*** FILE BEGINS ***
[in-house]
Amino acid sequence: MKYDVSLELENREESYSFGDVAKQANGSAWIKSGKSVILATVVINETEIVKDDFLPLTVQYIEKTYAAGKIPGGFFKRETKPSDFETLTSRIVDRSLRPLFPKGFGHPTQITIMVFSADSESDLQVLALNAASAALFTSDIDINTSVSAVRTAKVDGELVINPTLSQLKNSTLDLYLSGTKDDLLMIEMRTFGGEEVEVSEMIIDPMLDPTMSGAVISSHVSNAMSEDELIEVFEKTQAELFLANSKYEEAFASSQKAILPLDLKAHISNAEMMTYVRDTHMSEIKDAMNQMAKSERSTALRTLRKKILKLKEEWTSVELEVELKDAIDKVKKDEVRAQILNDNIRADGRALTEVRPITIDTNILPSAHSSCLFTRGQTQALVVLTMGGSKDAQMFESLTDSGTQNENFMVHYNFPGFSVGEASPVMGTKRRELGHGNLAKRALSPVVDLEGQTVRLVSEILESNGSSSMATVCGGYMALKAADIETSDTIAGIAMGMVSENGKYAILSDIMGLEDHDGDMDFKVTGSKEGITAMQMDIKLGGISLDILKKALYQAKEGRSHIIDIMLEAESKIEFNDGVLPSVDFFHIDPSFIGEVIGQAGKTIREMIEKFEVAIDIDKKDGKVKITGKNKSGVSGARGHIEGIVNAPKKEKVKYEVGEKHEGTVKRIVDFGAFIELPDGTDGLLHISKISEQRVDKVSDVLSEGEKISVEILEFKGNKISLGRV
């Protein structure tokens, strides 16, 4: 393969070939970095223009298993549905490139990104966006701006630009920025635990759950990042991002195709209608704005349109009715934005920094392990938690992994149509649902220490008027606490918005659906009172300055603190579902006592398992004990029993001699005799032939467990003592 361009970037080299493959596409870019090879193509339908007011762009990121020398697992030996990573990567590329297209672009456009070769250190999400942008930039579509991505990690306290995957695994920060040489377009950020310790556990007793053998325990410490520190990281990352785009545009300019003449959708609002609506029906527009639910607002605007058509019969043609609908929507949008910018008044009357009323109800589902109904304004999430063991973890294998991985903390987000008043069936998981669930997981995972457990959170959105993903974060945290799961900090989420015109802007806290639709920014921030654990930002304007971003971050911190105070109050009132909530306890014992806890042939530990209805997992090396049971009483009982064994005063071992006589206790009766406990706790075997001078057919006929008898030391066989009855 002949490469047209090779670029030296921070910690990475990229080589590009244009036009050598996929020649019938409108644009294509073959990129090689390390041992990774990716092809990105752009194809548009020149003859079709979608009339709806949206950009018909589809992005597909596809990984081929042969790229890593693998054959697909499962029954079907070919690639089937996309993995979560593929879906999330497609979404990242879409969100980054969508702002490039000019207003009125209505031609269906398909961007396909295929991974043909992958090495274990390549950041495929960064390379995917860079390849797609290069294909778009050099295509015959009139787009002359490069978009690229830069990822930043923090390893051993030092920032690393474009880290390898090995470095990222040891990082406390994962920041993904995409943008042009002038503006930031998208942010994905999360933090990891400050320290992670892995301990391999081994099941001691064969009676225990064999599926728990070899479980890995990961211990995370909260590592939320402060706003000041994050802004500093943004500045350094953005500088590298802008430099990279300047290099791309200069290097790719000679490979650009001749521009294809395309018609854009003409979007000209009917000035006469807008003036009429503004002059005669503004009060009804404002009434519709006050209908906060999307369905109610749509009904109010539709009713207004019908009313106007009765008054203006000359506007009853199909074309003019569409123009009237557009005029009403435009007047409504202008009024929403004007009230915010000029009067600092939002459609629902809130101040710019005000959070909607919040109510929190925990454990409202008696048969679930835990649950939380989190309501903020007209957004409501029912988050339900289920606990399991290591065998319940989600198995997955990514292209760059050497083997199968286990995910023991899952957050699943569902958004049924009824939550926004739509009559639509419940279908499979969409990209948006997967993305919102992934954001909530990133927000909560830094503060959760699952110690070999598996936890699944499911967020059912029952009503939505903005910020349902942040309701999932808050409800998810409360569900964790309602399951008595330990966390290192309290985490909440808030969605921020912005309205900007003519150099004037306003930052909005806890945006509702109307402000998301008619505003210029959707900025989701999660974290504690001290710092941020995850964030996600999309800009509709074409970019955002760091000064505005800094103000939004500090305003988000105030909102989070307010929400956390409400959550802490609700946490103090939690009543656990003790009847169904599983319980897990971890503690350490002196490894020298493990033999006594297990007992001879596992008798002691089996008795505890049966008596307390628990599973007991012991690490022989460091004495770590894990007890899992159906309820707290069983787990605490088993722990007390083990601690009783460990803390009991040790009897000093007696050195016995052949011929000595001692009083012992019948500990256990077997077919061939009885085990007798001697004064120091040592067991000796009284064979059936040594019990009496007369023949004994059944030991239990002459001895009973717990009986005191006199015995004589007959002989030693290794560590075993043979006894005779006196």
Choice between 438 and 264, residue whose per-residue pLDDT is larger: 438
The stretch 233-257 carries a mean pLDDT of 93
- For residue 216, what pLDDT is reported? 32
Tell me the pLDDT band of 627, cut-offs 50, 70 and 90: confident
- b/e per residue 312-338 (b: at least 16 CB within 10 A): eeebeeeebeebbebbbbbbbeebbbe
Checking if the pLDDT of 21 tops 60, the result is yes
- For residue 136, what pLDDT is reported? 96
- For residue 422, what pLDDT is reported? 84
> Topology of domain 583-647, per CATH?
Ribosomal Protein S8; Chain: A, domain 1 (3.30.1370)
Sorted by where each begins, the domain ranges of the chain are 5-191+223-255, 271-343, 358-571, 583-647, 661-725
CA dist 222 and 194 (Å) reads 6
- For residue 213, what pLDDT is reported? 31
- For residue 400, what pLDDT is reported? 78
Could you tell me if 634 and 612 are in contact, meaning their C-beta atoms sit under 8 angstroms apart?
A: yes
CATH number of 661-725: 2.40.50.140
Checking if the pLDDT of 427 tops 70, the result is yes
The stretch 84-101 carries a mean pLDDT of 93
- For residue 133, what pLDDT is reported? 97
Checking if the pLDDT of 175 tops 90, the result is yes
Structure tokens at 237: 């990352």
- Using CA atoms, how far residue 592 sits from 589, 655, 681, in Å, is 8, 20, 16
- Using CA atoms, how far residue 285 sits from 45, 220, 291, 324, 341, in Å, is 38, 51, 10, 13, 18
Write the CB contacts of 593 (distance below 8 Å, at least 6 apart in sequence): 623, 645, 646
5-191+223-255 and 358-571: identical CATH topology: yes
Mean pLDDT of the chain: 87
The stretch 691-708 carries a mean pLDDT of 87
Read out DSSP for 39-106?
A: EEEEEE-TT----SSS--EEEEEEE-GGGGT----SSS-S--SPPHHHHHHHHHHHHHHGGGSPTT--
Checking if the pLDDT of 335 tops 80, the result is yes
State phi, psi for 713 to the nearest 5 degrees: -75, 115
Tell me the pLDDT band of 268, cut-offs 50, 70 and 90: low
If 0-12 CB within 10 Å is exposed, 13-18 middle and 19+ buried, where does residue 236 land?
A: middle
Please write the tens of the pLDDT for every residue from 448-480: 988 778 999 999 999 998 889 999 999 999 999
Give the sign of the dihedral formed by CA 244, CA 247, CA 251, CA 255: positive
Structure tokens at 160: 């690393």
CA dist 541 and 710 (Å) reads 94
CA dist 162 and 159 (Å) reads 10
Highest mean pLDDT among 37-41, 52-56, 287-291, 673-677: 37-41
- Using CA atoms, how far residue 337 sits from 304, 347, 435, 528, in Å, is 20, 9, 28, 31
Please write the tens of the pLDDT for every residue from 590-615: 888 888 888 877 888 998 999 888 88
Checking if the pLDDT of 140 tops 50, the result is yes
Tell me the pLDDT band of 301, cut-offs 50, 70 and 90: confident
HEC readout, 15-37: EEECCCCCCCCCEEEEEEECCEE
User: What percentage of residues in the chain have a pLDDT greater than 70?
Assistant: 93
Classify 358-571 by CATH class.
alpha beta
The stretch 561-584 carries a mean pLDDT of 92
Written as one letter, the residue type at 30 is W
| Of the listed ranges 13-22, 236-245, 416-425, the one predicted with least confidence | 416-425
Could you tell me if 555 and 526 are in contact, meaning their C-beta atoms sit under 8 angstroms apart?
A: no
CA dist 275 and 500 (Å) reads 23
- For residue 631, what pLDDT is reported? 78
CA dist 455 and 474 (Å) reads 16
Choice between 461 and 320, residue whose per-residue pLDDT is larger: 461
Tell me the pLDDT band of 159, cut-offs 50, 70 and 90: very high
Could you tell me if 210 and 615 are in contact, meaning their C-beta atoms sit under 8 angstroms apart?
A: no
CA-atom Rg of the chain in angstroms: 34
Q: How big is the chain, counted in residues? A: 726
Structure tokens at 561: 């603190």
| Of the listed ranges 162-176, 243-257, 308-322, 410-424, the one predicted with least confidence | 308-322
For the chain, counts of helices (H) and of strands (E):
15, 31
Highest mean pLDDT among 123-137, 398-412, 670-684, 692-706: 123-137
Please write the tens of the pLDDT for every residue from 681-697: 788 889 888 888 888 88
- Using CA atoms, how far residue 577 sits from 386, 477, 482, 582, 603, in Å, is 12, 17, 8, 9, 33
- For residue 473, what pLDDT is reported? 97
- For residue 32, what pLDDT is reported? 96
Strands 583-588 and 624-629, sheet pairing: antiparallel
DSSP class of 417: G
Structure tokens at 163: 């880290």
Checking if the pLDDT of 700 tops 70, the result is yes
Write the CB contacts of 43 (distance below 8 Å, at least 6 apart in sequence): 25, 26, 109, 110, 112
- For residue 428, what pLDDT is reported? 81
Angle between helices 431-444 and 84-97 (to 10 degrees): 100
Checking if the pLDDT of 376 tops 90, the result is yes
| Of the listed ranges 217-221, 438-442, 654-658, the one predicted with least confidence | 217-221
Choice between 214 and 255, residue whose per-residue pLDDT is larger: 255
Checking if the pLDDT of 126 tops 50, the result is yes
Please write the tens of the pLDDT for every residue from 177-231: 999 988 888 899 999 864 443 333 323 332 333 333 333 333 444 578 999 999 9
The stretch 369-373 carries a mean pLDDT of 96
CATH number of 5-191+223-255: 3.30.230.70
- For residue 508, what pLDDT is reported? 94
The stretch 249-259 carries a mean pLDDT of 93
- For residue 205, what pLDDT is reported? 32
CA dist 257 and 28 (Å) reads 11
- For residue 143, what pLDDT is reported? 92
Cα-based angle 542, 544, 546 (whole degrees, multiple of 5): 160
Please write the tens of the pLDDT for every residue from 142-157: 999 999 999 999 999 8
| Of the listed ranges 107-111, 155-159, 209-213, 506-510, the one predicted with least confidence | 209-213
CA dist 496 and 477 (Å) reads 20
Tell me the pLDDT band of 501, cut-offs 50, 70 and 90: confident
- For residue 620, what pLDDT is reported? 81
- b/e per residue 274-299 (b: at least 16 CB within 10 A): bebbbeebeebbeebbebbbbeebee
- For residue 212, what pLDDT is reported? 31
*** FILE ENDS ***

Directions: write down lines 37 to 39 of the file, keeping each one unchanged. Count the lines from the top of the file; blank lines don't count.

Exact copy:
If 0-12 CB within 10 Å is exposed, 13-18 middle and 19+ buried, where does residue 236 land?
A: middle
Please write the tens of the pLDDT for every residue from 448-480: 988 778 999 999 999 998 889 999 999 999 999